At BDG, we’re grateful to have relationships with professionals who have been with us since our inception. Feeling nostalgic, we combed through the archives to see the projects these talents showcased in our first few editions. We weren’t surprised to find designs that are as relevant today as they were up to 20 years ago. We asked the principals what makes these designs so enduring and what they’d do differently today, if anything.…
Gregory Lombardi Design
This landscape of a genteel New England waterfront home is successful years later because of the feeling it conjures, says Gregory Lombardi. The scene is “an invitation to slow down” that’s about engaging with the water, and, possibly, memories. Even at the time of completion it harkened back to an earlier time; it was quietly inserted (from scratch!) in a way that preserved the character of the vista. While oceanside environmental regulations are complex, this design has a less-is-more sensibility. The gate is elegant and simple to keep the focus on the view, says Lombardi, while the boardwalk is a trigger that delivers a “jolt of excitement,” compelling onlookers to speed down its path and splash in the sea. [Gregory Lombardi Design]
Jan Gleysteen Architects, Inc.
This gray and gracious clapboard home is ageless, offers Jan Gleysteen because it incorporates elements of classicism, employing design principles that stretch back to the Renaissance, never mind 20 years. The studied use of symmetry gives the home lasting appeal (note the two strong gable wings and the “sunrise” archway that echoes the front door portico), as does its geometry and the hierarchy of the home’s massing. Its “bas-relief design,” comprised of four plane walls, creates tension and interest, and the composition as a whole is softened by boxwoods, and wisteria that climbs along the pergola. Were Gleysteen to do it again today? He’d likely panelize the window atop the portico to mirror those of the twin bay windows. [Jan Gleysteen Architects, Inc.]
LDa Architecture & Interiors
This red cedar shingle-clad retreat in Essex prevails because of its rich architectural character and strong connection to the grand summer homes that have dotted the North Shore coastline since the 19th century, offers Treffle LaFleche. Its durable materials also stand the test of time, and its contemporary composition and open-living floor plan continue to be of-the-moment. While the home’s double-hung windows are still prevalent today, LaFleche might go with larger casements for a more European aesthetic, tone down the historic reference a skosh and change up the crisp white trim that shows the wear more than a darker stain would. [LDa Architecture & Interiors]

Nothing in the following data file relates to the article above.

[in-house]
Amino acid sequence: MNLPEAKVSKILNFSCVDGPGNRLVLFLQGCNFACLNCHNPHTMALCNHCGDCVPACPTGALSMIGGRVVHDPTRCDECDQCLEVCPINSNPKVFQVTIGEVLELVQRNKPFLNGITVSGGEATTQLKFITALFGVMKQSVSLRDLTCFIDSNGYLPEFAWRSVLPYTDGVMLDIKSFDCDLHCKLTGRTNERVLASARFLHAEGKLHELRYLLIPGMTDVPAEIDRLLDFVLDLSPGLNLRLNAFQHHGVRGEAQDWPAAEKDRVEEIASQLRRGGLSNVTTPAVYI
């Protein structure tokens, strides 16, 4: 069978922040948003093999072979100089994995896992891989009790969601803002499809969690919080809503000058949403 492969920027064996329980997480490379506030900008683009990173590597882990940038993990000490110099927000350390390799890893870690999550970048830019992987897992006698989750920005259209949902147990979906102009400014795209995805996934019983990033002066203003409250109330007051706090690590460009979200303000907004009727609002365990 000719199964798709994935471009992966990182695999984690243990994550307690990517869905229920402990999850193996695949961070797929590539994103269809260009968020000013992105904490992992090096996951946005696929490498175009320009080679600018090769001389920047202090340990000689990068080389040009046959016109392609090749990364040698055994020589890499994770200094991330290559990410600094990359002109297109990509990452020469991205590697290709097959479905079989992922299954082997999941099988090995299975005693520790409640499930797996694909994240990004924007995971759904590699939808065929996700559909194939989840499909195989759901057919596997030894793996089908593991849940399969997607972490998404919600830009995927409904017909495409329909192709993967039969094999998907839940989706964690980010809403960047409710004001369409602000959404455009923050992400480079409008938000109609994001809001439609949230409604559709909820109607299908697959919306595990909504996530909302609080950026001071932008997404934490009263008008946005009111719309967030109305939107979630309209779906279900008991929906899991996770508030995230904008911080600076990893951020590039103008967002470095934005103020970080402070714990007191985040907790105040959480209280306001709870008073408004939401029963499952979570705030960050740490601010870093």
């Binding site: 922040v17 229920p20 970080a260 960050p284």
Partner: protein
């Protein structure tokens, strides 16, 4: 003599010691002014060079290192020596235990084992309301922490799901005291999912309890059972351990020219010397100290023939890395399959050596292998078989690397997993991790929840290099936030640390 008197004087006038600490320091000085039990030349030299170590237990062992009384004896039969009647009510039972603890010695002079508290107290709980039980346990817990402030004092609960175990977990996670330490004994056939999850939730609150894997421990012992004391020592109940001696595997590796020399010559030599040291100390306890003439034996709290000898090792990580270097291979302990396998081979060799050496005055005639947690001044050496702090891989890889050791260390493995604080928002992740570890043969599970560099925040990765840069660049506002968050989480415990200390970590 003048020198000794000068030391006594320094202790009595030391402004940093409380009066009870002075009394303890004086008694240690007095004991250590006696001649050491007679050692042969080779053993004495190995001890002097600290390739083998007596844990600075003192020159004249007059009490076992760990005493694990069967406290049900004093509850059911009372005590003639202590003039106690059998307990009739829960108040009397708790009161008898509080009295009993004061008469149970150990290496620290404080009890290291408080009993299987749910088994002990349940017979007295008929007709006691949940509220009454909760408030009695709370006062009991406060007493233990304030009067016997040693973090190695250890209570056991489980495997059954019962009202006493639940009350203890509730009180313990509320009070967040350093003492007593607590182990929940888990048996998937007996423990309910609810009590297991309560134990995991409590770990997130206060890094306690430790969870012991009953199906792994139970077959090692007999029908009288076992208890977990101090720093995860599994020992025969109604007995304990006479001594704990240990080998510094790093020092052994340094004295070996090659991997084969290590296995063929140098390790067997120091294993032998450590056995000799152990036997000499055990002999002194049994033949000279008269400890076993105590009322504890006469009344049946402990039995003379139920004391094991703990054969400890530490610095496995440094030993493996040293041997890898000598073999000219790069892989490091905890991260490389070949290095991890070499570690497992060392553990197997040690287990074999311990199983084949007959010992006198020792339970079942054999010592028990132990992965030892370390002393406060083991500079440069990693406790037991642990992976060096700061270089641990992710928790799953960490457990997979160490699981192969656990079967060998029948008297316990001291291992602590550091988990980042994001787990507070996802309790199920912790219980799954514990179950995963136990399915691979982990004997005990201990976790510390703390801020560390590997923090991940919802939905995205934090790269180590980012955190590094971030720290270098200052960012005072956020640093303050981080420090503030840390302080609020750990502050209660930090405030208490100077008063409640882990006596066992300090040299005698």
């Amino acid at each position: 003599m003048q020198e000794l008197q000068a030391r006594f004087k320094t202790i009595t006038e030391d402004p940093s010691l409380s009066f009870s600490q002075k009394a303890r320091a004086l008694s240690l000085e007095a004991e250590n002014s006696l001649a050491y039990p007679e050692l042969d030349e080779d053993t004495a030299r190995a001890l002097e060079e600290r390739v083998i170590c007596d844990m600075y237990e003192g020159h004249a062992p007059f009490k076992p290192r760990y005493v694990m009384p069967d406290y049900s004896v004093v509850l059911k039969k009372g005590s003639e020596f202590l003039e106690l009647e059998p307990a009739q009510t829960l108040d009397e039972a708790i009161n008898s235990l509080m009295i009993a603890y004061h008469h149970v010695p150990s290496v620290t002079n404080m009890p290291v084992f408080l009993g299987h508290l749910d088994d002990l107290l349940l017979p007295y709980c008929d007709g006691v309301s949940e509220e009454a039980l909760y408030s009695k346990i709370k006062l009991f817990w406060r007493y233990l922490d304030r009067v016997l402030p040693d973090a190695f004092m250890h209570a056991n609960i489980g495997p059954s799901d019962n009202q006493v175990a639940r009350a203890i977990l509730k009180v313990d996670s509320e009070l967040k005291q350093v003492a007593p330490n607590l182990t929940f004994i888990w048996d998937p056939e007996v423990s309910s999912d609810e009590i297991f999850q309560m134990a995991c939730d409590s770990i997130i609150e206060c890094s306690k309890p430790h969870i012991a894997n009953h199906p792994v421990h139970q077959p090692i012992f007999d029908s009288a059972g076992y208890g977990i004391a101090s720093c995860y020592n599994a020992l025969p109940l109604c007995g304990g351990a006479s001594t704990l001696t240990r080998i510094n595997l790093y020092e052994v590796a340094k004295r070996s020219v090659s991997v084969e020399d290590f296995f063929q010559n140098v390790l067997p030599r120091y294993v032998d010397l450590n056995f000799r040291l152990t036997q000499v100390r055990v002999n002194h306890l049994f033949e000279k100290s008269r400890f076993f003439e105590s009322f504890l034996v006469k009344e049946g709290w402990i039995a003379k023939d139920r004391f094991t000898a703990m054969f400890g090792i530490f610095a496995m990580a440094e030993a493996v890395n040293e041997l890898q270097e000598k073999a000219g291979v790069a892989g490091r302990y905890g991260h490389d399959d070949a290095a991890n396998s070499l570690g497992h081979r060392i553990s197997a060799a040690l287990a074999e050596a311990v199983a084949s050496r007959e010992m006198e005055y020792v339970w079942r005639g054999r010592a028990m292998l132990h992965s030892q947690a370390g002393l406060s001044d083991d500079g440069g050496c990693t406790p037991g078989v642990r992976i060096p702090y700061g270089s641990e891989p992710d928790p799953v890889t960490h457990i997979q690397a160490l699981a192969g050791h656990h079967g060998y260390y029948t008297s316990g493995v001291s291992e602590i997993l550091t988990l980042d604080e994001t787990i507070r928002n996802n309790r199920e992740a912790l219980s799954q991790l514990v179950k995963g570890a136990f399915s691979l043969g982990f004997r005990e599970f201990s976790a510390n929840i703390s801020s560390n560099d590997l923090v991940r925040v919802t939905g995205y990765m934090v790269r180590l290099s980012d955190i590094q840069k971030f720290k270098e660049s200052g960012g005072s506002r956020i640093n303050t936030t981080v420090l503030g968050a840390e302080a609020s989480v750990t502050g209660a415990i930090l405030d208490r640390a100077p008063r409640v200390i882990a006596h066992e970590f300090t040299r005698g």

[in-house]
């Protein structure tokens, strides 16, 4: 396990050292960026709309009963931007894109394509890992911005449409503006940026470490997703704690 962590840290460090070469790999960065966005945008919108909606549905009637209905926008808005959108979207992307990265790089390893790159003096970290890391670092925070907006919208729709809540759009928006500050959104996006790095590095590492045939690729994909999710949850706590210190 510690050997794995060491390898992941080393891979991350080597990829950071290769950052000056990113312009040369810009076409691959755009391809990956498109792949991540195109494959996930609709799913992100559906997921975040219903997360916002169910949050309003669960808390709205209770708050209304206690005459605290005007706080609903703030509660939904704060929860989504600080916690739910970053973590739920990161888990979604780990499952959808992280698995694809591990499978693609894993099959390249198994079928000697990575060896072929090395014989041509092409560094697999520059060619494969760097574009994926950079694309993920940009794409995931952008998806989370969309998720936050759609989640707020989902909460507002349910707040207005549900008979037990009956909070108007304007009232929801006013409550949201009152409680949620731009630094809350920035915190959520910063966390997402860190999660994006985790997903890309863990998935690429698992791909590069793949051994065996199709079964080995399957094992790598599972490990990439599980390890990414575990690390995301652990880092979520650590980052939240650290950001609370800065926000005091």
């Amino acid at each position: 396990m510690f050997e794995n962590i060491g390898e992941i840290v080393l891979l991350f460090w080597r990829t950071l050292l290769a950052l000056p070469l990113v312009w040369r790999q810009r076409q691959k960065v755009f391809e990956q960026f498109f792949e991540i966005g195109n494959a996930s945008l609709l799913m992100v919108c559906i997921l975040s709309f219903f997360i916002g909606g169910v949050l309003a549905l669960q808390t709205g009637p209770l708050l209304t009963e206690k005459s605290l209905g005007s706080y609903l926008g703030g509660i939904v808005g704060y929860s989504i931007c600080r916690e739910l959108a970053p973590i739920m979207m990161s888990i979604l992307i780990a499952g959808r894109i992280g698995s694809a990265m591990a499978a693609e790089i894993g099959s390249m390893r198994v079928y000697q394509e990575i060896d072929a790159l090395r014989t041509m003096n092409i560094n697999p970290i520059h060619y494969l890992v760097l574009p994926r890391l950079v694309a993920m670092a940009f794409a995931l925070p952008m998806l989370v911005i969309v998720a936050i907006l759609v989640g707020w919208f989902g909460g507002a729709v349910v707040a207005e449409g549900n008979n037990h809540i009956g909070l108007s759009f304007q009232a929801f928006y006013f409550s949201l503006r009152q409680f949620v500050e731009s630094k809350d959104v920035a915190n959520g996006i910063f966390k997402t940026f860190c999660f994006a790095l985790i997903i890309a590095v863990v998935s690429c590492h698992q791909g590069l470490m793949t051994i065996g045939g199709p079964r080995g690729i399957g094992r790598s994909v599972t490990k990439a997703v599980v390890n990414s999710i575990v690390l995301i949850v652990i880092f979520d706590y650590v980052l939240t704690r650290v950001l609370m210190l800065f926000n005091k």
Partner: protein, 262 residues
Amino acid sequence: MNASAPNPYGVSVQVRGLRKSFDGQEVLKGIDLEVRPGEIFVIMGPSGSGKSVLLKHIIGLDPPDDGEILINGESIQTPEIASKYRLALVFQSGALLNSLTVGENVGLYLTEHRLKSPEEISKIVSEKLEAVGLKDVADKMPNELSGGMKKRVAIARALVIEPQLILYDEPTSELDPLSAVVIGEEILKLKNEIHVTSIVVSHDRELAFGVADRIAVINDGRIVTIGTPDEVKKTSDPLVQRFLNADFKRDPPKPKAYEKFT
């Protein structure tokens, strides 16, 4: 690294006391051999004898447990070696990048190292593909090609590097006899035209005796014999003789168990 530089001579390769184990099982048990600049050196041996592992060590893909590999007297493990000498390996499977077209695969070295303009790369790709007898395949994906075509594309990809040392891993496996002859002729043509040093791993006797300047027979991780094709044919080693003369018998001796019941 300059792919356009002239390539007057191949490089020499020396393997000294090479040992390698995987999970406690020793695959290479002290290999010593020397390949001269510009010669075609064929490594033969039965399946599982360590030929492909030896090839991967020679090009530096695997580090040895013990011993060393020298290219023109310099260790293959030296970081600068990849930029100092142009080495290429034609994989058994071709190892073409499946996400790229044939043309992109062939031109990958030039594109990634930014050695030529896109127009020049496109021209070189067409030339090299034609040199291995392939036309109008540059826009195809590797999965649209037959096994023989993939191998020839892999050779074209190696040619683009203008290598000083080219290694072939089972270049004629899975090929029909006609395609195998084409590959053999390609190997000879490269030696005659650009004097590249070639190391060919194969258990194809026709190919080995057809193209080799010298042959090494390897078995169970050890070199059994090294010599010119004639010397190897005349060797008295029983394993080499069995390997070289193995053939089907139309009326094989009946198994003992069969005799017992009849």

Nicholaeff Architecture + Design, Inc.
Most architects, maintains Doreve Nicholaeff, strive for designs that are timeless, and Nicholaeff feels she achieved that goal with this complete renovation and addition to a Cape Cod ranch-style cottage. It helps, of course, that the materials she utilized 20 years ago have long been part of Cape Cod’s architectural landscape and show no signs of stopping. Nicholaeff is most influenced by “the big picture,” how the house sits on the land, and how it functions for the owner. If those things are successful, the design endures. If she were to design the house again today, she’d consider advances that fall outside the realm of design. She’d raise the foundation to suit the changed floodplain, update the HVAC system and insulation and enjoy selecting the tile, appliances and fixtures from the wealth of options on the market today. [Nicholaeff Architecture + Design, Inc.]
This stunning foyer designed by Catalano Architects pays homage to the “'Living Hall,' which was “an integral element of the Shingle Style work of firms like Peabody & Stearns and Arthur Little,” explains Principal Tom Catalano. The entrance evokes the designs of the storied, prolific firms of the Gilded Age, but updates the traditional configuration of the switchback stair often seen in the Shingle Styles of yore by virtue of its simple detailing and palette of off-white stained wood. There is also a subtle nod to an Oriental sensibility utilized by premier Beaux Arts architect Stanford White. Says, Catalano, “the railing is reminiscent of the way that White's interior architecture was influenced by domestic Japanese interiors.” [Catalano Architects]
Anthony Catalfano, Anthony Catalfano Interiors, Inc. (below left)
A thorough understanding of proportion and scale give this rich bedroom a lasting appeal that is as relevant today as it was when it was created 20 years ago. It has an “eclectic but clean” feel says Anthony Catalfano, that has staying power, thanks to its neutral palette and decorative accents, including draperies hung from stainless steel wire and a white leather upholstered bed embellished with bronze nailheads. Plus, the room’s fireside vantage and collection of contemporary art never go out of style. [Anthony Catalfano Interiors]
Detail Millwork, Inc. (above right)
This fireplace mantel, crafted by Owner Richard Rigoli of Detail Millwork, “was meant to be simple yet elegant,” says Rigoli, “and I think it hits the mark.” The striking architectural detail is the focus of an inviting living room and was designed in African striped mahogany and trimmed with stainless steel. The rich veneers of the handsome hearth have to be matched to get the look and grain just right, and then vacuum pressed to resemble one solid piece of wood. Good craftsmanship lasts forever, explains Rigoli, so he wouldn’t change a thing. “If you were to look at this today, you’d think I did it last week. But I did it 20 years ago.” [Detail Millwork, Inc.]